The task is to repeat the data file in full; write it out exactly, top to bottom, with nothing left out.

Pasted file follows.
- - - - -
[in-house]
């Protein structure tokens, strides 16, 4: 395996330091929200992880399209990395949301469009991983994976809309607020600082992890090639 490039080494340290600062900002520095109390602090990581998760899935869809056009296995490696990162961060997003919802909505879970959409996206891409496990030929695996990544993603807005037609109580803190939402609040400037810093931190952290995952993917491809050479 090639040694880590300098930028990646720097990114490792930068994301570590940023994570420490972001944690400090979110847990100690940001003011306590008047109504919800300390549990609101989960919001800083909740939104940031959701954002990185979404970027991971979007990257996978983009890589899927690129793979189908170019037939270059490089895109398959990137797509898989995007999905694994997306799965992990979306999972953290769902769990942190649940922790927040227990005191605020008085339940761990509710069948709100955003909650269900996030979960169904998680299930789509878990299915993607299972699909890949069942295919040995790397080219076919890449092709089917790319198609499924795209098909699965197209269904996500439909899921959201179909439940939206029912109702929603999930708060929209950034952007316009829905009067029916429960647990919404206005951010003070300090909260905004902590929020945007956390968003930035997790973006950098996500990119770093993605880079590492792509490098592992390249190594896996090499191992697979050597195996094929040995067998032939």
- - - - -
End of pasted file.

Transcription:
[in-house]
């Protein structure tokens, strides 16, 4: 395996330091929200992880399209990395949301469009991983994976809309607020600082992890090639 490039080494340290600062900002520095109390602090990581998760899935869809056009296995490696990162961060997003919802909505879970959409996206891409496990030929695996990544993603807005037609109580803190939402609040400037810093931190952290995952993917491809050479 090639040694880590300098930028990646720097990114490792930068994301570590940023994570420490972001944690400090979110847990100690940001003011306590008047109504919800300390549990609101989960919001800083909740939104940031959701954002990185979404970027991971979007990257996978983009890589899927690129793979189908170019037939270059490089895109398959990137797509898989995007999905694994997306799965992990979306999972953290769902769990942190649940922790927040227990005191605020008085339940761990509710069948709100955003909650269900996030979960169904998680299930789509878990299915993607299972699909890949069942295919040995790397080219076919890449092709089917790319198609499924795209098909699965197209269904996500439909899921959201179909439940939206029912109702929603999930708060929209950034952007316009829905009067029916429960647990919404206005951010003070300090909260905004902590929020945007956390968003930035997790973006950098996500990119770093993605880079590492792509490098592992390249190594896996090499191992697979050597195996094929040995067998032939």